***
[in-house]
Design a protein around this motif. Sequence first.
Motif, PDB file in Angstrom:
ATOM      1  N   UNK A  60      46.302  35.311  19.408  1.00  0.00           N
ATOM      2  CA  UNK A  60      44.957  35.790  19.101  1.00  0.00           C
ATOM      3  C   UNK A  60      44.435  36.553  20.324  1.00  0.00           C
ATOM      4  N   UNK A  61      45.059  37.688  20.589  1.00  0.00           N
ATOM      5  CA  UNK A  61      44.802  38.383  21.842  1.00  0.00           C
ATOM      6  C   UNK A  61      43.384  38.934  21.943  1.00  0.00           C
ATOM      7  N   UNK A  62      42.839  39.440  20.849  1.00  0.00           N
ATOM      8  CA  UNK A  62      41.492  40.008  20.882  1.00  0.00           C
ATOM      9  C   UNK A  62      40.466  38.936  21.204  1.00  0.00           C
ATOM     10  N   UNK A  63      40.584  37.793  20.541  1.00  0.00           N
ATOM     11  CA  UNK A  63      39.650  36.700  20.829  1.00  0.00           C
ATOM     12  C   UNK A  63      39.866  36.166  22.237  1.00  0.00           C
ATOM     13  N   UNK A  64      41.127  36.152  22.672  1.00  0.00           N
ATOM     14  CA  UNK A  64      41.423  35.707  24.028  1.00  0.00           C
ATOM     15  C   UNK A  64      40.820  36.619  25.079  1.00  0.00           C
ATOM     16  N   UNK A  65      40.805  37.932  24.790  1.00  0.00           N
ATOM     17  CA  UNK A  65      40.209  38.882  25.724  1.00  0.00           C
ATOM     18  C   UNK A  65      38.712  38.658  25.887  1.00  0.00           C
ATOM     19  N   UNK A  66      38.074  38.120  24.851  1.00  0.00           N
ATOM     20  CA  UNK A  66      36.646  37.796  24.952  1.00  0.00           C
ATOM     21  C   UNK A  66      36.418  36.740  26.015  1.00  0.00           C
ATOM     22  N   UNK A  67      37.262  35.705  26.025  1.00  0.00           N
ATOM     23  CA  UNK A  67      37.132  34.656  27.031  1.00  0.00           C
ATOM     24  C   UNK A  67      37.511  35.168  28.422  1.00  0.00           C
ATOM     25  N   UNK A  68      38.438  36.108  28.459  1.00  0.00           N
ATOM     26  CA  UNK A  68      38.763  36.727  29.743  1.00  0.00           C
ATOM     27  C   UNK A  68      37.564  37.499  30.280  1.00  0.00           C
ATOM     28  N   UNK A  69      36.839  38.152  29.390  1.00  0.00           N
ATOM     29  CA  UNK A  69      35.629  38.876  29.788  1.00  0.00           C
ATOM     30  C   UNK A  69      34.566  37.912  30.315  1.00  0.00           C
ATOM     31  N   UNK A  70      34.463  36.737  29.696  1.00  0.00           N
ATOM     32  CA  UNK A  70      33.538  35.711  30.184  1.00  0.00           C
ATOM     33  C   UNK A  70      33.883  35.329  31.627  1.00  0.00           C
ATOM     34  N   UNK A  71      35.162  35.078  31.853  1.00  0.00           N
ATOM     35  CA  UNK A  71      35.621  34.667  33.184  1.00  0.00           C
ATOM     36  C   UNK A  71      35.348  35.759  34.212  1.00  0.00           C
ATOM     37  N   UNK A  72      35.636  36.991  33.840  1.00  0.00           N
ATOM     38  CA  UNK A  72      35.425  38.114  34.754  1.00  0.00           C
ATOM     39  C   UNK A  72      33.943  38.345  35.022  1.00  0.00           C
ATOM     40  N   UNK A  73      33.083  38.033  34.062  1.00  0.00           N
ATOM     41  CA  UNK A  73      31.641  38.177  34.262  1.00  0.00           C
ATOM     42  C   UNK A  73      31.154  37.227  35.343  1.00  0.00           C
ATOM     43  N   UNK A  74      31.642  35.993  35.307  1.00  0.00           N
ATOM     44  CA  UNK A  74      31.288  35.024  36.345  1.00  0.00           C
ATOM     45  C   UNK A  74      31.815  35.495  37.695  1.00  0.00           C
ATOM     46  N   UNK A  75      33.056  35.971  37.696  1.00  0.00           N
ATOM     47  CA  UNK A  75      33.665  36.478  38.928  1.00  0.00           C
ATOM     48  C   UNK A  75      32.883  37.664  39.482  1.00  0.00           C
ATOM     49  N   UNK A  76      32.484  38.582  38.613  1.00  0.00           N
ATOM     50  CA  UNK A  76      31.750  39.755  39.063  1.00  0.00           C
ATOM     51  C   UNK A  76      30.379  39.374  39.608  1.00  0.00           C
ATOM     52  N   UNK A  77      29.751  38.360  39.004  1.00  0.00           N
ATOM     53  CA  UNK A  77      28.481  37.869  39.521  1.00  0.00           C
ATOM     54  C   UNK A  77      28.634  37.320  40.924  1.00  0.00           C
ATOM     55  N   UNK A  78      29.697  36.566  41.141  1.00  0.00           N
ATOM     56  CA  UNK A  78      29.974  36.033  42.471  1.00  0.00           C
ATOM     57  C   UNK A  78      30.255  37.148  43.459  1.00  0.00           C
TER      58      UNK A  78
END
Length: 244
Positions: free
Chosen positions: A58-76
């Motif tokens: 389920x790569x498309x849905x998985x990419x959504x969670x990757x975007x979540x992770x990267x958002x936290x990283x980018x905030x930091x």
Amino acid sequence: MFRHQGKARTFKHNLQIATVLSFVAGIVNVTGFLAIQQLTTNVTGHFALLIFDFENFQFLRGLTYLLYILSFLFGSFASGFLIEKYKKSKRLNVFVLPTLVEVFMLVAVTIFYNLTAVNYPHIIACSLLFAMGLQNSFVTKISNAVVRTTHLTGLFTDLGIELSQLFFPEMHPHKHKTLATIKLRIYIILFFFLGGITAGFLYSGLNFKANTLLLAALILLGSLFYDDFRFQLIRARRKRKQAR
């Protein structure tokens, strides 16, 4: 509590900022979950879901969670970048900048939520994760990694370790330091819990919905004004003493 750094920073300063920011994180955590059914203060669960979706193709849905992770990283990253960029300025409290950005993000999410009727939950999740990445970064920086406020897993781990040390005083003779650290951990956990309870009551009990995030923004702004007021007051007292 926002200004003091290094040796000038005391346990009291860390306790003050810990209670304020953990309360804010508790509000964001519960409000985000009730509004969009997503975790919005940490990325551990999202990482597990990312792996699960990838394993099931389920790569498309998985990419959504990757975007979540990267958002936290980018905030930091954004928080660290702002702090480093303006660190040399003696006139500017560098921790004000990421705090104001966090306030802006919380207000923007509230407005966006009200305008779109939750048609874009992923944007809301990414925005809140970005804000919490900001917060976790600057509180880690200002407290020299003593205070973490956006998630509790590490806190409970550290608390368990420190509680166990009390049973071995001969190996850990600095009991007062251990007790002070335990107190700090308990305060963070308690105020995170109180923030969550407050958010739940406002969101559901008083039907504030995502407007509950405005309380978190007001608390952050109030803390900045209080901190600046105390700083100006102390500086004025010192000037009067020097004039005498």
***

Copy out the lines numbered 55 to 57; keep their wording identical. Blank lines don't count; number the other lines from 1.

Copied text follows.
ATOM     52  N   UNK A  77      29.751  38.360  39.004  1.00  0.00           N
ATOM     53  CA  UNK A  77      28.481  37.869  39.521  1.00  0.00           C
ATOM     54  C   UNK A  77      28.634  37.320  40.924  1.00  0.00           C